At a conference I attended earlier this, Professor Stephen Heppell spoke of the importance of the environment which we teach and learn in. I wrote about the changes I made to my class as a result, in my previous post, ‘Improving our Learning Space‘. One thing that he mentioned which I hadn’t done much about up to this point was the importance of creating a number rich learning environment. The vast majority of display boards in school have writing on, some display art work, but very few include numbers or maths in general.

So I have begun a mission to make the environment in my classroom and across the school more number rich (or should that be increasingly number rich?) The premise is fairly simple, the more present and visible numbers and mathematics are, the more relevant and familiar they will be to all of us.

A quick search of Pinterest will show you steps and stairs (what’s the difference?) from all over the world with numbers on them. So I did that. We’ve only got 8 stairs in the school though, which is not a lot, but alongside the numbers I added the Numicon image, a dice and the number written in Italian. We learn Italian in our school, so that’s not as random as it may otherwise seem. Also on Pinterest you’ll see loads of images of angles drawn on the floor beneath doors in the style of a protractor. I like it. I’ve not done it yet, so you’ll not see a picture of it below.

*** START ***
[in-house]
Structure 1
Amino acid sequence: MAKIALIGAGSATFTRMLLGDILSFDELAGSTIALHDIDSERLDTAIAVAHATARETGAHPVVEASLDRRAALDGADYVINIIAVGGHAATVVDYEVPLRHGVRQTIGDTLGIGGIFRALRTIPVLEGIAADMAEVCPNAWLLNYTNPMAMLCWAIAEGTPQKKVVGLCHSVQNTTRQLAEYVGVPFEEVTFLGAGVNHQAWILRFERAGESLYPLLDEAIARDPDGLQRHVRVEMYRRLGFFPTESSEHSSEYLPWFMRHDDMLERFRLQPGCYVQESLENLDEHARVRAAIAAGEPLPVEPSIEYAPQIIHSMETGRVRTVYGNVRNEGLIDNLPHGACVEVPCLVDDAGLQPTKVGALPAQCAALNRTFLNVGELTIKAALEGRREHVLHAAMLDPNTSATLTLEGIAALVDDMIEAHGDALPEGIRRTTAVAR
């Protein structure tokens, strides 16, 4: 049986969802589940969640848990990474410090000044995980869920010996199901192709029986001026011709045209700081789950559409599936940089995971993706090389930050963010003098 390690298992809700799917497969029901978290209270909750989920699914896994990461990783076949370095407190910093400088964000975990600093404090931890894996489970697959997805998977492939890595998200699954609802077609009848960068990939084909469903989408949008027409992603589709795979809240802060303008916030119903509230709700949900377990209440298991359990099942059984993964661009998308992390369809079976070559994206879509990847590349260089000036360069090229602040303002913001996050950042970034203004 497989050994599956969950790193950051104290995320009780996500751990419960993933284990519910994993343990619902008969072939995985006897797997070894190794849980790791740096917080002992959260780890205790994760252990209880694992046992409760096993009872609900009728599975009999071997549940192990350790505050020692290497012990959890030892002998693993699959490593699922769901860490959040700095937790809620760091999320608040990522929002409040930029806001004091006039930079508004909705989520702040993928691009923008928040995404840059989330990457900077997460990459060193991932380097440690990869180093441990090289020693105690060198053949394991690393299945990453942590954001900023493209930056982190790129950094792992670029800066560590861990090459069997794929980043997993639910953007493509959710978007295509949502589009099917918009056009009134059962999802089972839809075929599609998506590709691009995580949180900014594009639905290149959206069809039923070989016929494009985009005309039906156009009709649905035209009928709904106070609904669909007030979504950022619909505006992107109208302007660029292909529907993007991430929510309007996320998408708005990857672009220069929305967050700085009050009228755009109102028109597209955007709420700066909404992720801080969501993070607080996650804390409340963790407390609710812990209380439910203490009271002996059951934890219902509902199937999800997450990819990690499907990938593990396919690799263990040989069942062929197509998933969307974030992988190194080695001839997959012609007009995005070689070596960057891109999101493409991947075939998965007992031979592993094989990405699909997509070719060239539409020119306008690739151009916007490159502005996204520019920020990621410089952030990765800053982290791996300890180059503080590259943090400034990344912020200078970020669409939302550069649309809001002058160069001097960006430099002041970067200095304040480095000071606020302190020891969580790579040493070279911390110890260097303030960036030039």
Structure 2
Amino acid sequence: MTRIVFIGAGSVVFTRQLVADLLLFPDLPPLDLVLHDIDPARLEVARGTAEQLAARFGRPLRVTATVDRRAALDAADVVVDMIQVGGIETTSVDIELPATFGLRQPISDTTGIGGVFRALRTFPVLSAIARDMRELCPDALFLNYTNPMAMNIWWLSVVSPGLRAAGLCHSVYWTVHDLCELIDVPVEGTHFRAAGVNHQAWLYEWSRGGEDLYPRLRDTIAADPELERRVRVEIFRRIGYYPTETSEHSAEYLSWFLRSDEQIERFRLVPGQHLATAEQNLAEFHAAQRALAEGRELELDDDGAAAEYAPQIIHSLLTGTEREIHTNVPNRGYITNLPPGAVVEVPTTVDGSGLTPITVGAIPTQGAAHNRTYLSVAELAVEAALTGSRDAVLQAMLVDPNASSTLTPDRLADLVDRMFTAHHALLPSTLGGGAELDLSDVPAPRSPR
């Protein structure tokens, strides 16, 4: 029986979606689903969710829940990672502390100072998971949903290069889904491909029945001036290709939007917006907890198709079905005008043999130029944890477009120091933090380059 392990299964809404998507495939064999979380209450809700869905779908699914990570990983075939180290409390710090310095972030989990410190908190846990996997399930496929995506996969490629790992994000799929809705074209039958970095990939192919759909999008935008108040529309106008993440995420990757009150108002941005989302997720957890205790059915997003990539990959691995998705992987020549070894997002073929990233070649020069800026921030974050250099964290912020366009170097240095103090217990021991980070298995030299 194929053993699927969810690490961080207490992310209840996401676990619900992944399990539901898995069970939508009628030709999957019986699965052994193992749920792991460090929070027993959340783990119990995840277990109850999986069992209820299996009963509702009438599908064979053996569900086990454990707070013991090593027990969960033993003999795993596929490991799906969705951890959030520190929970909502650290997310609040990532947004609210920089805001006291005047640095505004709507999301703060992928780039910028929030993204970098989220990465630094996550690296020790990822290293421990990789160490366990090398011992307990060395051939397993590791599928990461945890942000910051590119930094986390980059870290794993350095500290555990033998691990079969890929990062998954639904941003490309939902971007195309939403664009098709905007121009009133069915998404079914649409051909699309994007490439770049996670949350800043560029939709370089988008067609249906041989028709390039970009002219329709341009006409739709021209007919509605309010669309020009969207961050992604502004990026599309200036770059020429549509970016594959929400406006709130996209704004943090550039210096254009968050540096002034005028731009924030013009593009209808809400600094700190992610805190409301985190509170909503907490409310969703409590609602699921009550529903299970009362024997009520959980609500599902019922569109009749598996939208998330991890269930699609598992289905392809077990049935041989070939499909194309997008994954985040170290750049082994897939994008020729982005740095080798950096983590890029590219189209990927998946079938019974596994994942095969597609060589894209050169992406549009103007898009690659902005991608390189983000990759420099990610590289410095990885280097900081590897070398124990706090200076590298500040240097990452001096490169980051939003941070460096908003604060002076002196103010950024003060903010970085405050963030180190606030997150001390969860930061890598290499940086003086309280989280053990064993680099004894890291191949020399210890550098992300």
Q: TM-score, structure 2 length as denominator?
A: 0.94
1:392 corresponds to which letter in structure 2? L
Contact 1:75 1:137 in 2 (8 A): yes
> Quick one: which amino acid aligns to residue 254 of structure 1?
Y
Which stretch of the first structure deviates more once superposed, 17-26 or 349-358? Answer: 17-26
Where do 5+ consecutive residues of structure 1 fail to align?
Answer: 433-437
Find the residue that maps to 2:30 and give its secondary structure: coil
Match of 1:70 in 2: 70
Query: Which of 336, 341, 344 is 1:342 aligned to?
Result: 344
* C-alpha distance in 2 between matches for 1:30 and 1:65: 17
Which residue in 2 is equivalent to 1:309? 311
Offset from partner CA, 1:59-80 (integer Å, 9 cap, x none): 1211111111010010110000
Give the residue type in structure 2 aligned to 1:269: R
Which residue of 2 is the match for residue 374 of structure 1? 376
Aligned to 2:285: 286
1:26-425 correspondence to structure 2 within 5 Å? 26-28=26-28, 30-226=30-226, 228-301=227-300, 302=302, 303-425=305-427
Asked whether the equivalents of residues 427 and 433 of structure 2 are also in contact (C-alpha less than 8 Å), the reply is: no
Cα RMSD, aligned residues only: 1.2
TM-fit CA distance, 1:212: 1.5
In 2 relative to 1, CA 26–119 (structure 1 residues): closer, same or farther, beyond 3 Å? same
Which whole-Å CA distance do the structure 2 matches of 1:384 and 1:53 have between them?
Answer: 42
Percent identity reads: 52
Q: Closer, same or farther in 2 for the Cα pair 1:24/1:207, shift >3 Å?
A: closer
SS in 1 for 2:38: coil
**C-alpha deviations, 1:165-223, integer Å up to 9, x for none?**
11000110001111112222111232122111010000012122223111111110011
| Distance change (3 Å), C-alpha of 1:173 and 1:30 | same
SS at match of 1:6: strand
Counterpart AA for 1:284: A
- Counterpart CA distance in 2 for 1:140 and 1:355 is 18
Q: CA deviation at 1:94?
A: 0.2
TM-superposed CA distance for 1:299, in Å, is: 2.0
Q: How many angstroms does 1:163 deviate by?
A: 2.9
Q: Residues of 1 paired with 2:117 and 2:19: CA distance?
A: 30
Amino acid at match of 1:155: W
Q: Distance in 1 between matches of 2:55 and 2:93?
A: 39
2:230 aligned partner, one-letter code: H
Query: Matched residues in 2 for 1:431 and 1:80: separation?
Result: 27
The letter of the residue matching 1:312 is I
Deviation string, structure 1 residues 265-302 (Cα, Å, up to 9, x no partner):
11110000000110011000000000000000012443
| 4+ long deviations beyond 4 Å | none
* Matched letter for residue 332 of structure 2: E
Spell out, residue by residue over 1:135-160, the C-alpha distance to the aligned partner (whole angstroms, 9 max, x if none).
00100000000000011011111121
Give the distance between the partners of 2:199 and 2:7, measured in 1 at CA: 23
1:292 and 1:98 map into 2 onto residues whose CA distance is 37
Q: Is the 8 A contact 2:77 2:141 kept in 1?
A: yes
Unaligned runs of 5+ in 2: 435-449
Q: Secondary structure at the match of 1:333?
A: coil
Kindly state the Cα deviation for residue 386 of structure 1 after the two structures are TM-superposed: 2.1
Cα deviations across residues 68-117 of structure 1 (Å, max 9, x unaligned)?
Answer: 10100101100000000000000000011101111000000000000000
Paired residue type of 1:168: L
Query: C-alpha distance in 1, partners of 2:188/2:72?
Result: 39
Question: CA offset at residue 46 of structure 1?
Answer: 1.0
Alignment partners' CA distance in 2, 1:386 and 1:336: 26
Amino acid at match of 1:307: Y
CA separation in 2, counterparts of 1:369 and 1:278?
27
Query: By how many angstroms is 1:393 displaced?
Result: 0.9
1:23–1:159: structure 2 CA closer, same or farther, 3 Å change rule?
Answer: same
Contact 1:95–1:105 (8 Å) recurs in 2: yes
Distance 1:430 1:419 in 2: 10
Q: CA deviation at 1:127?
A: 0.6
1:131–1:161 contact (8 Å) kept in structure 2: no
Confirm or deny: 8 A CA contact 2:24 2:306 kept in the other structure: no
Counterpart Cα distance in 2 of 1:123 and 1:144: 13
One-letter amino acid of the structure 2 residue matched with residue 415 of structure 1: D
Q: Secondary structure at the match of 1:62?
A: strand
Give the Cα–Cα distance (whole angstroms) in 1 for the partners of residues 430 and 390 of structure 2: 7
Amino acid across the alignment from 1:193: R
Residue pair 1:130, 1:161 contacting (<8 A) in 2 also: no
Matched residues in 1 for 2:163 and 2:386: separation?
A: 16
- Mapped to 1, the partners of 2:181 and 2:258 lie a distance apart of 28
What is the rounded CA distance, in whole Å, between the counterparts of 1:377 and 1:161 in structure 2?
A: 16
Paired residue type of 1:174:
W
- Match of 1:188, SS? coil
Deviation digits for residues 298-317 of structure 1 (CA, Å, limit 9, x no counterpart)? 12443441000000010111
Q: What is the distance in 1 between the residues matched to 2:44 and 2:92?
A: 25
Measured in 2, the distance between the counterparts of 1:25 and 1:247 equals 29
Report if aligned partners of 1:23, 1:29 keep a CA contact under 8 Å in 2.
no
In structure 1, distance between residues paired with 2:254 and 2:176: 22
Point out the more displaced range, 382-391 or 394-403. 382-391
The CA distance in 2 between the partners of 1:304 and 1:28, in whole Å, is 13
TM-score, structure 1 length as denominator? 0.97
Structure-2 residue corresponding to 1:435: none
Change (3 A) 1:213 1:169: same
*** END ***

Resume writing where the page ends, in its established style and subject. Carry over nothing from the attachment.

Drawing a scale up the side of a wall was a very simple thing to do, but has proved to be the one change that has caused the most engagement from the children. Several times a day I walk down the corridor and see children discussing and comparing heights. Thinking and talking about numbers. Real, relevant numbers.

I’ve put up a few chalkboards around the school in the last few months. Putting weekly number problems on them has been an effective way of encouraging numbers being discussed away from the classroom. It’s quite fun as well and a great way to get children to explain their reasoning and persevere.

Professor Heppell is a great advocate of writing on windows with chalk pens (specifically the Edding 4090 limo colour pens). I took this idea and added a hundred square (with different coloured odd and even numbers) and a multiplication grid (with different coloured square numbers). Then Professor Heppell came into my class and explained, it should be the children who are writing on the window. So we got on with that as well.

While in the class, Professor Heppell suggested an easy way of increasing the number of numbers would be to put numbers on the backs of the chairs. So I did that. The next day I began intergrating them into my practice: ‘Stand up if your chair is an odd number’; ‘go to lunch if your chair is a prime number’; ‘Sit down if your chair is a multiple of 7’…and so on. It’s been fun so far and ensures everyone is thinking and engaged.

I’ve put up a few sign posts around school as well. They have the distance to landmarks, near and far, in miles and kilometres. You could use these to order and compare, or calculate conversions, or double, or divide, or apply to whatever maths problems you want really.

Next up…I’m mulling over putting a large Venn diagram somewhere, I’d like to do a grid somewhere for life size coordinates, a massive bar model or two and I must put a floor protractor down somewhere.